Planning Poker provides an engaging way for the team to discuss implementation approaches and build consensus around the effort involved.
In the most successful projects, the backlog is co-owned by developers and managers. Learn why this approach to backlog management works.
Estimates are first and foremost for project planning. Eventually, as various team members get familiar with the codebase, disparities should fade away.
I propose that we stop measuring throughput or velocity. Instead, companies should empower software teams to make value estimates on individual work items.
In this third part of my Rethinking Agile series, instead of adding practices, I recommend something for you to remove. That is, stop estimating effort!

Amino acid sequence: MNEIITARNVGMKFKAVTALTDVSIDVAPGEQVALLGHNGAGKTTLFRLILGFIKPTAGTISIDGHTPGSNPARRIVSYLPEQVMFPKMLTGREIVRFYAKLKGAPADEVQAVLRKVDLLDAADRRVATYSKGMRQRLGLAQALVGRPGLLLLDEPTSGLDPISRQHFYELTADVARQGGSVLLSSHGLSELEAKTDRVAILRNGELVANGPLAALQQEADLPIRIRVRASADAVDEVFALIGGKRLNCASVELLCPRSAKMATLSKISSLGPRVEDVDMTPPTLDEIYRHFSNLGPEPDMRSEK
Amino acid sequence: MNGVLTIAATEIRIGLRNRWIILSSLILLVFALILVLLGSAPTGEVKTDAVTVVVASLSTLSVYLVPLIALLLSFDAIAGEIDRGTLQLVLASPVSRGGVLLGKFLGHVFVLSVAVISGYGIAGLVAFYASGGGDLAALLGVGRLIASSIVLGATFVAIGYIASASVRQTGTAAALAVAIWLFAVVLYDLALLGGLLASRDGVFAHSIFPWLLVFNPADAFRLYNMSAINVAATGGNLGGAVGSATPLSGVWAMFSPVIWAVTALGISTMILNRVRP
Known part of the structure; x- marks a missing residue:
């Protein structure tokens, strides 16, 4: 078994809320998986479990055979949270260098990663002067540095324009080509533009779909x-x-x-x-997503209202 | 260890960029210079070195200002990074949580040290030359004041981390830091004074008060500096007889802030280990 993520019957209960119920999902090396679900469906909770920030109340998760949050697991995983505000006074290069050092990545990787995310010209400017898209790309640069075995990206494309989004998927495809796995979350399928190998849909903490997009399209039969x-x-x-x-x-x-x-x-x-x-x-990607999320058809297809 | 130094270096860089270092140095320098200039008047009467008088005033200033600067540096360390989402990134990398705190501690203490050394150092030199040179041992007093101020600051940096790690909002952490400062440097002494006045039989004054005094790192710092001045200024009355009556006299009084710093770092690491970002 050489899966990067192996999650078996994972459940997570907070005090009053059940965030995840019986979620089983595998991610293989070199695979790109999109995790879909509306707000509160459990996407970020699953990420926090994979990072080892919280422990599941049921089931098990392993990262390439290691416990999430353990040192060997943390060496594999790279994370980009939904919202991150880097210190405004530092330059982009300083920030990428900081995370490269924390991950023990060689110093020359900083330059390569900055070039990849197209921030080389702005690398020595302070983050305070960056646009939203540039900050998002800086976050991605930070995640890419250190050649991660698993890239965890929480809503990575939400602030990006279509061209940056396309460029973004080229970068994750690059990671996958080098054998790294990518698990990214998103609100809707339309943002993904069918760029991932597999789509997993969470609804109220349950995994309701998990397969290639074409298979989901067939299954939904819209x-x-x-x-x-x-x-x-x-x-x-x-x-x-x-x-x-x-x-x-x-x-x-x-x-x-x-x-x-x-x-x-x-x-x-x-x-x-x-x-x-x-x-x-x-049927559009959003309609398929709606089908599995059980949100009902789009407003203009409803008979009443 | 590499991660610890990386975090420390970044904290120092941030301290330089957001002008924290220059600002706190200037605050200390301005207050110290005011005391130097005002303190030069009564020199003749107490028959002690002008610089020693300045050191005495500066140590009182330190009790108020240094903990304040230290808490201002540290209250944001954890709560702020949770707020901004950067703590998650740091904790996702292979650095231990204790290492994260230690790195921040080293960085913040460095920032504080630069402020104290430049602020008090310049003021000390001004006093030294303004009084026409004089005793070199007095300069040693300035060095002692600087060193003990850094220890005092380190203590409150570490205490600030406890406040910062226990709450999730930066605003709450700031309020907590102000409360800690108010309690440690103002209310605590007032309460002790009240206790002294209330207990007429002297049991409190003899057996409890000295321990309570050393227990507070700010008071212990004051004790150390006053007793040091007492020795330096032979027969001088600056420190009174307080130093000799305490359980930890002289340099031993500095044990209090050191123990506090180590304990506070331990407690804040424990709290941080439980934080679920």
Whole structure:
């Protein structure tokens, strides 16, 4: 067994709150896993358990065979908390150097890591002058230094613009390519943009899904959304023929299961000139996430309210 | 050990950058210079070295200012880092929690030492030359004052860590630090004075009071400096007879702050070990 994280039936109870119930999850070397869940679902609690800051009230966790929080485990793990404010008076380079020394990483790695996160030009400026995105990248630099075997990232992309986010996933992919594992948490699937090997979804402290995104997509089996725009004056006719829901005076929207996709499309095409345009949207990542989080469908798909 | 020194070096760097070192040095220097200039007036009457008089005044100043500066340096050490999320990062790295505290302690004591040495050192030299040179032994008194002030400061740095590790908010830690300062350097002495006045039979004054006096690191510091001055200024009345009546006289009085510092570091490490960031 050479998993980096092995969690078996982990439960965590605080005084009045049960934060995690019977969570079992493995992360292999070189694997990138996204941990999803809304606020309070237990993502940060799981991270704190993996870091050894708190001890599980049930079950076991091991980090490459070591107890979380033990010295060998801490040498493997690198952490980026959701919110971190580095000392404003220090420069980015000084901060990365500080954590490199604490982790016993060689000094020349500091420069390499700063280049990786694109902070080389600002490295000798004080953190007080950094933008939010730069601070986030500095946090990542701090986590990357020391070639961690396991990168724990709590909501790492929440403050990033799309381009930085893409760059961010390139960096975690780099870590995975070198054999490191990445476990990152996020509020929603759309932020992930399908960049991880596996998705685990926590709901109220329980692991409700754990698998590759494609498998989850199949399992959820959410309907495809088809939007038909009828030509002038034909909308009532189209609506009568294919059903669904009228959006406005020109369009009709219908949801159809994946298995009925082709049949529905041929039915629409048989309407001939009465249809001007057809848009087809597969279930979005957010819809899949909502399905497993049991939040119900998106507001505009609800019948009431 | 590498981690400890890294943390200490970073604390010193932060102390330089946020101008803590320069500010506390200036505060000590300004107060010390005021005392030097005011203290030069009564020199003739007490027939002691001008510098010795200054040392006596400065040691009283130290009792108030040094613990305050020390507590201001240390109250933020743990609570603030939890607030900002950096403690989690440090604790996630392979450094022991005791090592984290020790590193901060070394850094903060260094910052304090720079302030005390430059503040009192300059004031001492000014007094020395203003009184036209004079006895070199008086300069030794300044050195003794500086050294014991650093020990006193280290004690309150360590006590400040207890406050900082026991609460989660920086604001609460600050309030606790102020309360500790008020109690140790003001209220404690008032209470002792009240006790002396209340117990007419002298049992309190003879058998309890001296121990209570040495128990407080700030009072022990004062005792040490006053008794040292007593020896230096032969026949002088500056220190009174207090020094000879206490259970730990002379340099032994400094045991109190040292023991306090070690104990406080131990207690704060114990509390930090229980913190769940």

You are down to the final two choices for a software partner, and you have vastly different project cost estimations. What’s your next move?
Estimating work is a difficult process, and coming to consensus can be challenging. But just averaging everyone's points estimates isn't good enough.
In every backlog I've estimated, I encounter the story that knows no bound. The Un-estimatable Story. Anxiety wells within me at the drawn out conversation about to begin as we get